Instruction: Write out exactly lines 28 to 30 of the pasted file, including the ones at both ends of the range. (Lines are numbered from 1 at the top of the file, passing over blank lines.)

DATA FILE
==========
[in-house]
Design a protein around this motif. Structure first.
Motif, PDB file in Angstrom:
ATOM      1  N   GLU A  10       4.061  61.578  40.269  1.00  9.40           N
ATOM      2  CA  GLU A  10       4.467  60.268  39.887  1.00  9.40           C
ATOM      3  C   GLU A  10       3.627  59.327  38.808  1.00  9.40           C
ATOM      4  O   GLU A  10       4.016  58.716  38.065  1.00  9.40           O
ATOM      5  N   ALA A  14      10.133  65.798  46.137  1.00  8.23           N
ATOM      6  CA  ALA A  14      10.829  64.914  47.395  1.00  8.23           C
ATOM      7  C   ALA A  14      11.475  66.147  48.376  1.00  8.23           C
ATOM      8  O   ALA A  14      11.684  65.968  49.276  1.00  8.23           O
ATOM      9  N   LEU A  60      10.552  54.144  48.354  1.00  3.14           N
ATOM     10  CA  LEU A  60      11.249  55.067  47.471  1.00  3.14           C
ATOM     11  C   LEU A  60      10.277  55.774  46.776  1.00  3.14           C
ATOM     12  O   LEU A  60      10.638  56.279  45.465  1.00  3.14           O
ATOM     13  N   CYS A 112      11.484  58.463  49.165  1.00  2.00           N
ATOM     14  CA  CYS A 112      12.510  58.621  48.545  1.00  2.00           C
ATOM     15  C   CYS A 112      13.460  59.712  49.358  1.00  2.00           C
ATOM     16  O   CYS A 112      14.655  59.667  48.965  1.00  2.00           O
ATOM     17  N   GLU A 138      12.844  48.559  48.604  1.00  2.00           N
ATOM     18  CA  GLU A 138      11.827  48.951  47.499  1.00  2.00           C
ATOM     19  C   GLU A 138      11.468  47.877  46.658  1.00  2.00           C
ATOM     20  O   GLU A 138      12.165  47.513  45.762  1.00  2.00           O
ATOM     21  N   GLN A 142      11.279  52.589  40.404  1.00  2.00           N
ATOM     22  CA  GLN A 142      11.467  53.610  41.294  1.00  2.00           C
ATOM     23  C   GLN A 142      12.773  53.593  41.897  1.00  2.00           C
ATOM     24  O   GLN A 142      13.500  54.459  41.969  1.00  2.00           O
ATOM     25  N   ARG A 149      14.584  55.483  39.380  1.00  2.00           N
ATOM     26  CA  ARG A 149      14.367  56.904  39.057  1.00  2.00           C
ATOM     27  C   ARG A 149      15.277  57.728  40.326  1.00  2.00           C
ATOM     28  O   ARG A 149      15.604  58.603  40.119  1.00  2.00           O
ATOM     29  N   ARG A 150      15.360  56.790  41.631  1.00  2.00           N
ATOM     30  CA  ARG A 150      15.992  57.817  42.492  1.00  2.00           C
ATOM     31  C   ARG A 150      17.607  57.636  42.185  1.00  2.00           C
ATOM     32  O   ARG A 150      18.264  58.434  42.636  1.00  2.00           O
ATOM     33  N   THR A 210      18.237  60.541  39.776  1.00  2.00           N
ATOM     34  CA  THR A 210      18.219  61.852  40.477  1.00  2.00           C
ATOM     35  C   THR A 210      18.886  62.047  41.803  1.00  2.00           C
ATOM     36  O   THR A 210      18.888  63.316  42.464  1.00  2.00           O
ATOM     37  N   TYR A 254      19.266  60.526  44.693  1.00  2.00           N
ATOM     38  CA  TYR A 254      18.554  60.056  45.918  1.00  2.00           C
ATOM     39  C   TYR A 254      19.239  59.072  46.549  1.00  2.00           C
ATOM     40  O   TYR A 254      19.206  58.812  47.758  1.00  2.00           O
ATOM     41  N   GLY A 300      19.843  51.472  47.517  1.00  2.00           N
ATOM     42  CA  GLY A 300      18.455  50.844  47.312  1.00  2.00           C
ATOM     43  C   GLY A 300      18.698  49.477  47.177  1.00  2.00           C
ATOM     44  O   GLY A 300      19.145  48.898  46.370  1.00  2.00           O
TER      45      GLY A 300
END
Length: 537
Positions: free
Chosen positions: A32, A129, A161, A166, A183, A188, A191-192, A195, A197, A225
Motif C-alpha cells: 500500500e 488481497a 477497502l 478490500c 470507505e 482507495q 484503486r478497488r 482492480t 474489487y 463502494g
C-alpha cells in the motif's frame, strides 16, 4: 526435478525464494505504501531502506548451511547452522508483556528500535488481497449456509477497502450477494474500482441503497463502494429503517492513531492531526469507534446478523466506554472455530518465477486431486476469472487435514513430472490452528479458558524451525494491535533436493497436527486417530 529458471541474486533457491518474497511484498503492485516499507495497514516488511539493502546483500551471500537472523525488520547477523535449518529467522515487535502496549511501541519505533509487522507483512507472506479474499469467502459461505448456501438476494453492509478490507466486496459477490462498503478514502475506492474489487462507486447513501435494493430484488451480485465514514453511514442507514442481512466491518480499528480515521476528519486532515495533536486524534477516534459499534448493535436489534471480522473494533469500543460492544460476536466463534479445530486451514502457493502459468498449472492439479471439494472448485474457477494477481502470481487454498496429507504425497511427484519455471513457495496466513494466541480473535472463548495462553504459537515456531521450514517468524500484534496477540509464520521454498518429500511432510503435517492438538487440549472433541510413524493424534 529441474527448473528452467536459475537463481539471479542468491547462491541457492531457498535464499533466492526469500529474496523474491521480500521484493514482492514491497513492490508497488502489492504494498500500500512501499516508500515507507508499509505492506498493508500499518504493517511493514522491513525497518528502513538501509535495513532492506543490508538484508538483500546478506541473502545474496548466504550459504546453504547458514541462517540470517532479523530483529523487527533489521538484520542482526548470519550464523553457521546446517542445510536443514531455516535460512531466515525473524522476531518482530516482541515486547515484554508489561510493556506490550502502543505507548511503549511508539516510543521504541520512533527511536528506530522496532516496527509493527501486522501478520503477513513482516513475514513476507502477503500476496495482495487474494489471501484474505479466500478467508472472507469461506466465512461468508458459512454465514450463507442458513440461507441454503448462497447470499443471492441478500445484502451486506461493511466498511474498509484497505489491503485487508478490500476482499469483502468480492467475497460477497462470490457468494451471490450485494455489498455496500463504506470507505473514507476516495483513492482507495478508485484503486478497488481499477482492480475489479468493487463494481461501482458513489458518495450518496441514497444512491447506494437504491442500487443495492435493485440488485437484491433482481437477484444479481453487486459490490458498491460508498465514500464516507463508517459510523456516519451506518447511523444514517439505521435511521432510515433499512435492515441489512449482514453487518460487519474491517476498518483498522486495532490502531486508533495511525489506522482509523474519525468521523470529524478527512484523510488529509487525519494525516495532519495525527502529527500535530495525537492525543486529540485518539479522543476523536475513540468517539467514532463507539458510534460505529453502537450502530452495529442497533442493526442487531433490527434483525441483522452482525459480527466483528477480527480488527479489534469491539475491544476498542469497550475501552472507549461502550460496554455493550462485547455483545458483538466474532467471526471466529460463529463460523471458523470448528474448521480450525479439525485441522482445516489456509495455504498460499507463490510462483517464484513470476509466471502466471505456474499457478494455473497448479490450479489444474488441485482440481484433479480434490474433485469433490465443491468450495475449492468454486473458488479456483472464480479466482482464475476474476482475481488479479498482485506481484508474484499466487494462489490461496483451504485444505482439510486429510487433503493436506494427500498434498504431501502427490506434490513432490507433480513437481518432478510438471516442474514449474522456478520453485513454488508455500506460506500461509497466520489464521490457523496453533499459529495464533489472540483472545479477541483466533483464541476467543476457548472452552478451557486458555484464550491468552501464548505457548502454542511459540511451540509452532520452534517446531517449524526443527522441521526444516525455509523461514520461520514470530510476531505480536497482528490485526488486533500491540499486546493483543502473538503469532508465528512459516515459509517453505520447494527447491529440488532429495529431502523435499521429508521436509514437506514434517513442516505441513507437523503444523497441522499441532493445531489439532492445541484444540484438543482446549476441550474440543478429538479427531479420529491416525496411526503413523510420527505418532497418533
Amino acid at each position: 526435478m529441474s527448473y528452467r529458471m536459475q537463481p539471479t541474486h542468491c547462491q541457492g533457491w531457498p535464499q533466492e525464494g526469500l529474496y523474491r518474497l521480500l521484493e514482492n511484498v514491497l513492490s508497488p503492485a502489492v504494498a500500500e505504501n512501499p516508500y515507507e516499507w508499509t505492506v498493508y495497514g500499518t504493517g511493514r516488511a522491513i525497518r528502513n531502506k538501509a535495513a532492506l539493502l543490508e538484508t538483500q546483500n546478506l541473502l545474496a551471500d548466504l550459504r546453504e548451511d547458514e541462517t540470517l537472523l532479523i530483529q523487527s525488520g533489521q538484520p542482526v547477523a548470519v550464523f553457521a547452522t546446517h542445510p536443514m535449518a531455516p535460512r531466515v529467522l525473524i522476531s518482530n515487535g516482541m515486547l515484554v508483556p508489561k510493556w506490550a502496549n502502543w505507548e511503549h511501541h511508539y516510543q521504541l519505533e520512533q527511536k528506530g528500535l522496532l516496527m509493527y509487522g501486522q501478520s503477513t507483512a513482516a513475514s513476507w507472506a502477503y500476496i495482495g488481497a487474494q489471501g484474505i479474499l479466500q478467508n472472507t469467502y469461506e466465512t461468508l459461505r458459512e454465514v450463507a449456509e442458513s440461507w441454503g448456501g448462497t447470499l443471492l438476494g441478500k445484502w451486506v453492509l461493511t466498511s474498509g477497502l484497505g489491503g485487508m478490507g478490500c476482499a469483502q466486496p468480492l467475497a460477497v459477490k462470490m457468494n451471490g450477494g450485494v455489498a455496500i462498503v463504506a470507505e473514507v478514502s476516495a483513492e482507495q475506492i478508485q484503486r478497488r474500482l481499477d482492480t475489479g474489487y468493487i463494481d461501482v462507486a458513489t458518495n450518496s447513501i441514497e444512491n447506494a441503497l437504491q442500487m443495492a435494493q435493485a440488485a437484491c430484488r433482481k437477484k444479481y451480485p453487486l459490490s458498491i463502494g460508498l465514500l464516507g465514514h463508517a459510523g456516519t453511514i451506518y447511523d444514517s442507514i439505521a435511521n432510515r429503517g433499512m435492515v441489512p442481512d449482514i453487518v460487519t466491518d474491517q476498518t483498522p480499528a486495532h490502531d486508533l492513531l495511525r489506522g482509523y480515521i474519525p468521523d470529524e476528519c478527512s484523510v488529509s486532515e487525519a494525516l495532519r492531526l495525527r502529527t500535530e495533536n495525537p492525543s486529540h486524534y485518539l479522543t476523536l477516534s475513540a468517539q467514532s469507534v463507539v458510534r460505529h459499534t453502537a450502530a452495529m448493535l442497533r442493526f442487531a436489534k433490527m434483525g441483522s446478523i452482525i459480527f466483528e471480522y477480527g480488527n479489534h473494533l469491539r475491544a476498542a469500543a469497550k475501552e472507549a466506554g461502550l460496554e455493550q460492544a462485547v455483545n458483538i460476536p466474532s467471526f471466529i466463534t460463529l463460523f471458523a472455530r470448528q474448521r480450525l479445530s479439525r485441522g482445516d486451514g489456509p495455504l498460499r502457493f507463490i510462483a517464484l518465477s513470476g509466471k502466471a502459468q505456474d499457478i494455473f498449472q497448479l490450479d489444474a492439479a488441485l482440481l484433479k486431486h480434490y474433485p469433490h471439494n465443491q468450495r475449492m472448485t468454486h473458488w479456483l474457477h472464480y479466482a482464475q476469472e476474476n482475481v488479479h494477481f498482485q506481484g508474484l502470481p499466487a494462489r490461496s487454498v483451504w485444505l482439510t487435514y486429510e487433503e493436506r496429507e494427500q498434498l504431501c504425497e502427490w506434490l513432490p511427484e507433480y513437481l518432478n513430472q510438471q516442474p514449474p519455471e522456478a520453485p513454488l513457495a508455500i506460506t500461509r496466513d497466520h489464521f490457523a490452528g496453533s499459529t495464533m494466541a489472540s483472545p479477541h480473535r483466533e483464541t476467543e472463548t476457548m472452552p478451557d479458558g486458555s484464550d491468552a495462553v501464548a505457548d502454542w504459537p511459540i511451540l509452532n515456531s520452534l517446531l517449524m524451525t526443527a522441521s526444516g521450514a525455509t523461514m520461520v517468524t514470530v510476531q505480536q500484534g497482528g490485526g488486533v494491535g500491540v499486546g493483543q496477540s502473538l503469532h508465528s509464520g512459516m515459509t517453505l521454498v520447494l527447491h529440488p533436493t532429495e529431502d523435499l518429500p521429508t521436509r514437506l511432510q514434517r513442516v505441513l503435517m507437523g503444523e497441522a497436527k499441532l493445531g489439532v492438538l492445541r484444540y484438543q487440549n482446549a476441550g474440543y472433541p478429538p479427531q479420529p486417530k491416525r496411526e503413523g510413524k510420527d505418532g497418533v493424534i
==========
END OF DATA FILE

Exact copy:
ATOM     25  N   ARG A 149      14.584  55.483  39.380  1.00  2.00           N
ATOM     26  CA  ARG A 149      14.367  56.904  39.057  1.00  2.00           C
ATOM     27  C   ARG A 149      15.277  57.728  40.326  1.00  2.00           C